Rob Brownie is a teacher and writer with a degree in urban geography and philosophy from the University of Victoria. He has co-written articles for Artspeak, West Coast Line and Vancouver Matters (Vancouver: Blueimprint, 2008) with Annabel Vaughan on themes related to the cultural interface of art and architecture in Vancouver.
February 18–March 25, 2006
Opening: Friday, February 17 at 8pm with DJ Dana D
Additional DJ event with Vinyl Ritchie: Saturday, March 11 from 3 to 5pm
Engaging with the social effects of design and architecture, Ian Skedd’s practice centres around the interplay of interior and exterior space. In his investigations into psychological and conceptual relationships to space, Skedd considers architecture as transformative, translational and isolationist. His project for Artspeak, DJ Booth / Listening Booth: two works, defines a controlled system of inside and outside, activating an exploration of the social effects of spatialization where the boundaries between public and private, observer and observed are elided.
DJ Booth / Listening Booth: two works is an architectural and sound installation that uses the form of two separate language translator or interpreter’s booths. The booths, with windows facing one another, will each be able to accommodate only a single individual. One booth will house DJ equipment, and a DJ will perform at intervals during the course of the exhibition. The other booth will house speakers in order to listen to the DJ. When the DJ is not in attendance, a recording of the DJ’s mixing will play in the listening booth. In isolating the DJ and listener, they become equal participants in the work (particularly when viewed by third parties outside the booths). The work approaches the DJ as a translator of cultural material, the listener as a receptor, and the outside viewer as a spectator who will be transformed into an active participant once s/he steps into the listening booth. As spaces of contemplation, Skedd’s work proposes parallels between the listening booth and the gallery as receptacles of culture and places where transformation and reconsideration are possible.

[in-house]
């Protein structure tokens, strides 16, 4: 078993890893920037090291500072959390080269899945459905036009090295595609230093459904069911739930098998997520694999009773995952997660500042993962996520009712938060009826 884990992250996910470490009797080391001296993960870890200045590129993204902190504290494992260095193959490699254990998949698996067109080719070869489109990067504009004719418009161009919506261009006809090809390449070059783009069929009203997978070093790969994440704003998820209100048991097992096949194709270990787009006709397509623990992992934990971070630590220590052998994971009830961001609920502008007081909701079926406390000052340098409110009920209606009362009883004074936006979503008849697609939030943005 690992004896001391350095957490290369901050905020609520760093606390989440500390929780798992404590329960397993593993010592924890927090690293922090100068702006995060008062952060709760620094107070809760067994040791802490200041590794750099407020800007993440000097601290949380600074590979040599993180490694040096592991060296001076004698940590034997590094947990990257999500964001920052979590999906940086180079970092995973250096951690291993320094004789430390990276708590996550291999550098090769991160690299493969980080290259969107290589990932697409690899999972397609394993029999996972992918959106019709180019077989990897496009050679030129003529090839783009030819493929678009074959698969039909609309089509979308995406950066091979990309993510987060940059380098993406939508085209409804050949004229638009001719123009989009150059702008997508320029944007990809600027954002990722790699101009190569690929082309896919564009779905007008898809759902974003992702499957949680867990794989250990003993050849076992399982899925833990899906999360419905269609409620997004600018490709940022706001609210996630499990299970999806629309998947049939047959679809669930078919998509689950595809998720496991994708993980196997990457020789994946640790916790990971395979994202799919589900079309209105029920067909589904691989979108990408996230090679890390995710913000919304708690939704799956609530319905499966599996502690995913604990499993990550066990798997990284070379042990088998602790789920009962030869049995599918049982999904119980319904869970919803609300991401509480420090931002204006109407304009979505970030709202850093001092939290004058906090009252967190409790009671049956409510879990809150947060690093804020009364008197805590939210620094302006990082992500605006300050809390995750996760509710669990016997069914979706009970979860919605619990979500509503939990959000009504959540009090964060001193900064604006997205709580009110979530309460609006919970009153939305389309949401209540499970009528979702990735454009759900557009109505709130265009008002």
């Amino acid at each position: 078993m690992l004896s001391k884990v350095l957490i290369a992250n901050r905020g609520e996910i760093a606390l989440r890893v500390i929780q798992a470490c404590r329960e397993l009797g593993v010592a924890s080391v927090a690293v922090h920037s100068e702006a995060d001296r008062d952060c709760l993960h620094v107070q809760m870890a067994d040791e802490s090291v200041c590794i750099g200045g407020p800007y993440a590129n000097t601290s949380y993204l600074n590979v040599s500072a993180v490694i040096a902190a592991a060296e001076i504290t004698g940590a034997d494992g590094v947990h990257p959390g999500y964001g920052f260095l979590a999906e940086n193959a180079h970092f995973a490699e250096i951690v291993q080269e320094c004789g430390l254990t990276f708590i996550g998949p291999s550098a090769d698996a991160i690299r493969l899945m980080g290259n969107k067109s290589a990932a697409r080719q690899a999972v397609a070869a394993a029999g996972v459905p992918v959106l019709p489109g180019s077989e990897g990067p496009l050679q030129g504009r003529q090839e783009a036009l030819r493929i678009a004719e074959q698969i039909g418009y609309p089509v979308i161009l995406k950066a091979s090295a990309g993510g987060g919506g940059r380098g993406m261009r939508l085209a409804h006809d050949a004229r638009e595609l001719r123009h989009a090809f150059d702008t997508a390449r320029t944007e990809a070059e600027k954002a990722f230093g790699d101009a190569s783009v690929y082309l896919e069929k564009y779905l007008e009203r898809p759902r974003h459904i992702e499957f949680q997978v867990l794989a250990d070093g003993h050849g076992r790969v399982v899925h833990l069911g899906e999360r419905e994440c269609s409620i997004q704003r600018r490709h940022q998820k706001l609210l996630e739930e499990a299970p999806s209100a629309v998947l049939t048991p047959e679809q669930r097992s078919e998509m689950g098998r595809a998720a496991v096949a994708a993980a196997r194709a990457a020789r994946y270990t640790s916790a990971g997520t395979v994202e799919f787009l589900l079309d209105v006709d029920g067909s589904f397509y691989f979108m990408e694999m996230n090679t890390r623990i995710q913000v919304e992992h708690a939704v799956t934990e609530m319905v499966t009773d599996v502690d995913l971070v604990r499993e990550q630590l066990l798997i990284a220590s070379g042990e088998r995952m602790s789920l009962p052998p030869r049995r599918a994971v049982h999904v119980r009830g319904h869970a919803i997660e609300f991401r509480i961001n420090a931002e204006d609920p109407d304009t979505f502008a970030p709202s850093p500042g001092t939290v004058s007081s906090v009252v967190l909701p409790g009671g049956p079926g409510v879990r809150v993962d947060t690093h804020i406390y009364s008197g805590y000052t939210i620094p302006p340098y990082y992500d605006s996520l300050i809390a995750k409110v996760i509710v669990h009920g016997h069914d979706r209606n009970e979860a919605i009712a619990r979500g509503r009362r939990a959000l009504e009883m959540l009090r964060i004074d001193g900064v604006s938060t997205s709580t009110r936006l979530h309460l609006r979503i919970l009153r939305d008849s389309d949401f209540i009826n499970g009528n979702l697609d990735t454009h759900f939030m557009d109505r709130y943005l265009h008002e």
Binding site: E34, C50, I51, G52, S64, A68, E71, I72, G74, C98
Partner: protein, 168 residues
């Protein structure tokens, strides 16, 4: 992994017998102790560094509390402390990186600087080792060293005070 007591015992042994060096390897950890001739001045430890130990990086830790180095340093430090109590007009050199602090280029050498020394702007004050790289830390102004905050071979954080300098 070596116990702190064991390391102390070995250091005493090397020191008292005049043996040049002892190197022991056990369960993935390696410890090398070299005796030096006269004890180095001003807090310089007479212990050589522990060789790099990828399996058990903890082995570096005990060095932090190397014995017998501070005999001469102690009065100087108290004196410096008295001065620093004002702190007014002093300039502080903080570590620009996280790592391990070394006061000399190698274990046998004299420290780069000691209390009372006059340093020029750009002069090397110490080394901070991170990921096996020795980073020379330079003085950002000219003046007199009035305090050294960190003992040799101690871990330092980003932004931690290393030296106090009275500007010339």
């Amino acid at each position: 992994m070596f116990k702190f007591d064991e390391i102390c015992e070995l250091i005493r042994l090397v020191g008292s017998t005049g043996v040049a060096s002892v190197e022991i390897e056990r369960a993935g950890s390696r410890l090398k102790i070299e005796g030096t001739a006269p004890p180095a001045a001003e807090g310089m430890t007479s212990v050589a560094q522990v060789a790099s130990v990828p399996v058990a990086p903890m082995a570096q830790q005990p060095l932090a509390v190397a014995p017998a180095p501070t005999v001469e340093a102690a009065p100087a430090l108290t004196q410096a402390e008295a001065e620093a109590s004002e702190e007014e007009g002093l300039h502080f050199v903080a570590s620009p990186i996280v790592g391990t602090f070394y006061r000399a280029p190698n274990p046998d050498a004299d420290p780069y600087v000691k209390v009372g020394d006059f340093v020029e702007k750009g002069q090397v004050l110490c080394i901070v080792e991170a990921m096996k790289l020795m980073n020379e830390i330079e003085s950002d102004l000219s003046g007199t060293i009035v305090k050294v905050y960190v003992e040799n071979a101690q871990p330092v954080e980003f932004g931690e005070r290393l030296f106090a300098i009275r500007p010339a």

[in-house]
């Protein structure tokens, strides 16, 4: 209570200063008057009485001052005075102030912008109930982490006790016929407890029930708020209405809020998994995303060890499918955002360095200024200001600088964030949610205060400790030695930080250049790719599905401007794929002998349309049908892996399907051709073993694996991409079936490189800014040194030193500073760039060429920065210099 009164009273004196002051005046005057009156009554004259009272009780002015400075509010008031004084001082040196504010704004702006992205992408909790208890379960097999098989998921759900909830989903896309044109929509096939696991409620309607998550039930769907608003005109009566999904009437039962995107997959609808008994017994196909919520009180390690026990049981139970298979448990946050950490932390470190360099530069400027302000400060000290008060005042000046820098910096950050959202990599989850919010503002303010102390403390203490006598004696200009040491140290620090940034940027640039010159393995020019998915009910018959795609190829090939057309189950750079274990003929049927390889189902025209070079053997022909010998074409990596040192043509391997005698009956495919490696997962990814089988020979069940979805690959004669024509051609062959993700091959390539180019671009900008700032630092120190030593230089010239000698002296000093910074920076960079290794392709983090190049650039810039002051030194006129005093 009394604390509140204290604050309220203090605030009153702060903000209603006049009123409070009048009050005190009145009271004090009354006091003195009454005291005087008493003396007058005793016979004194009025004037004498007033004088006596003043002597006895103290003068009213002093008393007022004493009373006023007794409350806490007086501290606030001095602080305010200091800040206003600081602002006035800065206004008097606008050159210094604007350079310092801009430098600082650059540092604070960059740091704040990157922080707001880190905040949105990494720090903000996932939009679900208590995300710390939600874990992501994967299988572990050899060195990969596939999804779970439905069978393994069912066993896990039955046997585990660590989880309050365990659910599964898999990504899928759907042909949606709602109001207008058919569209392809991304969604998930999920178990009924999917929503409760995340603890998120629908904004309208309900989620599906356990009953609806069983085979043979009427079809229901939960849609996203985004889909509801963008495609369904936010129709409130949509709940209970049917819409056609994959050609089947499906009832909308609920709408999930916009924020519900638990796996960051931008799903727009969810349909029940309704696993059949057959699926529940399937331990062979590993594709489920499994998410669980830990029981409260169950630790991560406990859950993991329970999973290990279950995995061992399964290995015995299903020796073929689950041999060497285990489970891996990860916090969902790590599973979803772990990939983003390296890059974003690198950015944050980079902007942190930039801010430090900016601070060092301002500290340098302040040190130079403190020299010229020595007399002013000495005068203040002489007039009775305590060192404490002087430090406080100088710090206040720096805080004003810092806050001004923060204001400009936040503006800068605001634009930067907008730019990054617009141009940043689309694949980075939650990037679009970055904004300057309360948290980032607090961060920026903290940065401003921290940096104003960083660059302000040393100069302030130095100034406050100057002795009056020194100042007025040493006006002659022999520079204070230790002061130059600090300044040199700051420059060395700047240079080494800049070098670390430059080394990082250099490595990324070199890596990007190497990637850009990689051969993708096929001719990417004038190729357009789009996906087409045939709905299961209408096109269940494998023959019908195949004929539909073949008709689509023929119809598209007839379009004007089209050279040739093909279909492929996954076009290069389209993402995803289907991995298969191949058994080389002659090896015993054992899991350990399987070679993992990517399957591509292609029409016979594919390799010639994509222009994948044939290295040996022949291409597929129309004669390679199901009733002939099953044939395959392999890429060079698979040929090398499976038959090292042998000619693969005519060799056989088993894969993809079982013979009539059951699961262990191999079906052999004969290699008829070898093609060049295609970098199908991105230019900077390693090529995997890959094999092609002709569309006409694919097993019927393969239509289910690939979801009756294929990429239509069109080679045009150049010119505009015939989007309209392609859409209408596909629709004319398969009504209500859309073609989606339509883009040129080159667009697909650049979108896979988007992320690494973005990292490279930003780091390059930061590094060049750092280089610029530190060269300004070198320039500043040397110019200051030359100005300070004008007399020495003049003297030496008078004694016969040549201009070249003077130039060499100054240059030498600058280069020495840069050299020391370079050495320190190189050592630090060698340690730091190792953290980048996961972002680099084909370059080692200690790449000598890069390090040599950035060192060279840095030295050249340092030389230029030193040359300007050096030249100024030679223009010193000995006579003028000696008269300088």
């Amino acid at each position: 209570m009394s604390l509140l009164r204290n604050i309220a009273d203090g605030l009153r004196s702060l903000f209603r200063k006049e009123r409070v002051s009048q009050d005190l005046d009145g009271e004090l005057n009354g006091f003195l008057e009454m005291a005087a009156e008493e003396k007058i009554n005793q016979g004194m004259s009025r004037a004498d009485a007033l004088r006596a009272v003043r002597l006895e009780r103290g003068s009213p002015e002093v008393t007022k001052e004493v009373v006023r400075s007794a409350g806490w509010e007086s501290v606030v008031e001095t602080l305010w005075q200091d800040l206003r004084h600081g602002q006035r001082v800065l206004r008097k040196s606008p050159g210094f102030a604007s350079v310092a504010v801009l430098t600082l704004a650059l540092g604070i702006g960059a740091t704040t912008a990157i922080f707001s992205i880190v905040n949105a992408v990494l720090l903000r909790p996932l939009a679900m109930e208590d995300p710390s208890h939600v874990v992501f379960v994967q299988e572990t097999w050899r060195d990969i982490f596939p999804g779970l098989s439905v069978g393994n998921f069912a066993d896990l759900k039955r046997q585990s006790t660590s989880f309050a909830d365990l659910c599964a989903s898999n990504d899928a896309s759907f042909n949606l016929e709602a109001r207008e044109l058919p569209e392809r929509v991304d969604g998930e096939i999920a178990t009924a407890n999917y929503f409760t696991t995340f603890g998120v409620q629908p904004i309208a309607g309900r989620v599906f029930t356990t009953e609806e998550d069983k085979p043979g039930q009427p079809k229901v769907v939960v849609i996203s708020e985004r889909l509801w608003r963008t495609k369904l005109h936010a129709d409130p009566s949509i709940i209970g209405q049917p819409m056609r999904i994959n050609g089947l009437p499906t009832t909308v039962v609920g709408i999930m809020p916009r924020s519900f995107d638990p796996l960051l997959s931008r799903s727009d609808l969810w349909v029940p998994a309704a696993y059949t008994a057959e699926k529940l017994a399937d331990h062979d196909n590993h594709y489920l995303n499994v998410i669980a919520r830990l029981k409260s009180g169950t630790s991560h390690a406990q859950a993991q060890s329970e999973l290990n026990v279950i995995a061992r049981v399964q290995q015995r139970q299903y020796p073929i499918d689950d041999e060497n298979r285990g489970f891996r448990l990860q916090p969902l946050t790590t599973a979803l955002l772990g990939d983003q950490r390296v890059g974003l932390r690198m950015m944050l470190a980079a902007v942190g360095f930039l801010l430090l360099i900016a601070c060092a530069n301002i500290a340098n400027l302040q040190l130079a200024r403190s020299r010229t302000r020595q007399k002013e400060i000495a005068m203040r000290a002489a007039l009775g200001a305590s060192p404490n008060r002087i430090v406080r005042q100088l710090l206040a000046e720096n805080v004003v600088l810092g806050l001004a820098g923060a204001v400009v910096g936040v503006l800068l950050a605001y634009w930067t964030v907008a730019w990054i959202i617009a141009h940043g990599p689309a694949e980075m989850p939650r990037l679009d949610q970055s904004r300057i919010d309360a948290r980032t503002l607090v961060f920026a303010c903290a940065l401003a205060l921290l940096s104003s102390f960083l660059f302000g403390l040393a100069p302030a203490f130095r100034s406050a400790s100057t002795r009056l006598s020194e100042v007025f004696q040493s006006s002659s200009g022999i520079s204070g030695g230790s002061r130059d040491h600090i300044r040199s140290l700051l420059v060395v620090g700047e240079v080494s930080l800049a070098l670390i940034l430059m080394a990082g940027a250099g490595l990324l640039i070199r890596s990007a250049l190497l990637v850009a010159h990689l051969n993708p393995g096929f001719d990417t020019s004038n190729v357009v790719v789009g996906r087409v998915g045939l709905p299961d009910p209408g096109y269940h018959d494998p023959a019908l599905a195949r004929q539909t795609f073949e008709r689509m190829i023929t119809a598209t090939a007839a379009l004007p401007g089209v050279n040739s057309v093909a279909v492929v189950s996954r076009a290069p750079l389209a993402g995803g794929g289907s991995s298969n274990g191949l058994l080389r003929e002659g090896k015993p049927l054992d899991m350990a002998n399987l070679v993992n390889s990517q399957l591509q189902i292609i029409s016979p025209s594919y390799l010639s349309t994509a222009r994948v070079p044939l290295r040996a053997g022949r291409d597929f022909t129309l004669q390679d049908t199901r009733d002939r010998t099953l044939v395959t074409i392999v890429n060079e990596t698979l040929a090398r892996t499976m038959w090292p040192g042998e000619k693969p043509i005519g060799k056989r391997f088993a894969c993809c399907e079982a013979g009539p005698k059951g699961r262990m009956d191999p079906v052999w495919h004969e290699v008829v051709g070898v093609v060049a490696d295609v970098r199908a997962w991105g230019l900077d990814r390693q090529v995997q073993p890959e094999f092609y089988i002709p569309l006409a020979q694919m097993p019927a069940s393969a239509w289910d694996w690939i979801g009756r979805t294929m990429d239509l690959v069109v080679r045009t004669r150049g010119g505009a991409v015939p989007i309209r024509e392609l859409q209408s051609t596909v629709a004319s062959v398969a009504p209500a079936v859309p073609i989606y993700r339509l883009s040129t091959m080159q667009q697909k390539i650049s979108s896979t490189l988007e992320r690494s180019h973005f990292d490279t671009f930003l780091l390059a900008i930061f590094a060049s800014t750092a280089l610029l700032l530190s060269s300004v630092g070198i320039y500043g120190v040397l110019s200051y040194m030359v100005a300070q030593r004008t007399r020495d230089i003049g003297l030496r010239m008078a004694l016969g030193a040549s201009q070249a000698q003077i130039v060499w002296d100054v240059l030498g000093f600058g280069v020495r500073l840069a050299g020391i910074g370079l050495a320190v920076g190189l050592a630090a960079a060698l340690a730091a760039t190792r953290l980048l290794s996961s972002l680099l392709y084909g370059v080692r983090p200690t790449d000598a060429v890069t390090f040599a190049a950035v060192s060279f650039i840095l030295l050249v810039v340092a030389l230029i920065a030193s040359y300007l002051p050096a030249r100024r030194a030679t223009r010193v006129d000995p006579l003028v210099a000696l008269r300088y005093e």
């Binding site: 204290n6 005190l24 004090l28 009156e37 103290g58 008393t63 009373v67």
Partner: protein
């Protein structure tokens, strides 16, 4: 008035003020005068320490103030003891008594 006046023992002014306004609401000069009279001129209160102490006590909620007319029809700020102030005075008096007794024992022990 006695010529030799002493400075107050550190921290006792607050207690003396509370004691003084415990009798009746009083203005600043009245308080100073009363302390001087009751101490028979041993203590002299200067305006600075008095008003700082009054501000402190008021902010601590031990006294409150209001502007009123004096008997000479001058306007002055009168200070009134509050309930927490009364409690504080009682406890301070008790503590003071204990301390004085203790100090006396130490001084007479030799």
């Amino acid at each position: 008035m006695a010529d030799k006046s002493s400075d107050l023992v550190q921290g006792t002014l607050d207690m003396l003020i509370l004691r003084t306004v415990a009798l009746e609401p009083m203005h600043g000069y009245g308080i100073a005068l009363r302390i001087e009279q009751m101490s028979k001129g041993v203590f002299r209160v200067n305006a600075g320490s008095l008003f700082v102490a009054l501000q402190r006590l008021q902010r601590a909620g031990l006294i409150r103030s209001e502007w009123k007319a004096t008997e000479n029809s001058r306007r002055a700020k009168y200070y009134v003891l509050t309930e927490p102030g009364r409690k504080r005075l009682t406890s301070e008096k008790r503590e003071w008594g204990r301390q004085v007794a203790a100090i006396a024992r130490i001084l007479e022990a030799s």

September 30, 2009
Join us for the launch of Althea Thauberger’s catalogue in conjunction with her Artspeak event Carrall Street.
October 2, 2008
This public forum will provide an opportunity for further community engagement and critical discussion around the social, political and artistic questions raised by Althea Thauberger’s Carrall Street. An open conversation will be initiated by a diverse body of speakers that include local architect and activist Annabel Vaughan, founding Simon Fraser University faculty member and writer Jerry Zaslove and Miami based writer and curator Ruba Katrib.
Join us for this compelling discussion at 7pm on Thursday, October 2nd at 33 West Cordova, Vancouver.
September 30, 2008
8-11pm in the 200 block of Carrall Street
Althea Thauberger’s site-specific performance work will take place on the 200 block of Carrall Street in front of Artspeak. Collaborating with diverse local communities in Artspeak’s neighbourhood of the Downtown Eastside/Gastown, the one-night performance will present the street (brightly lit like a film set at nighttime) as a stage where the roles of participant and spectator blur. The interweaving of organized performers, passersby and audience members will allow for unforeseen interactions to take place, resulting in a destabilized form of community theatre that reveals something of the street’s history, its current successes and stresses, as well as its future.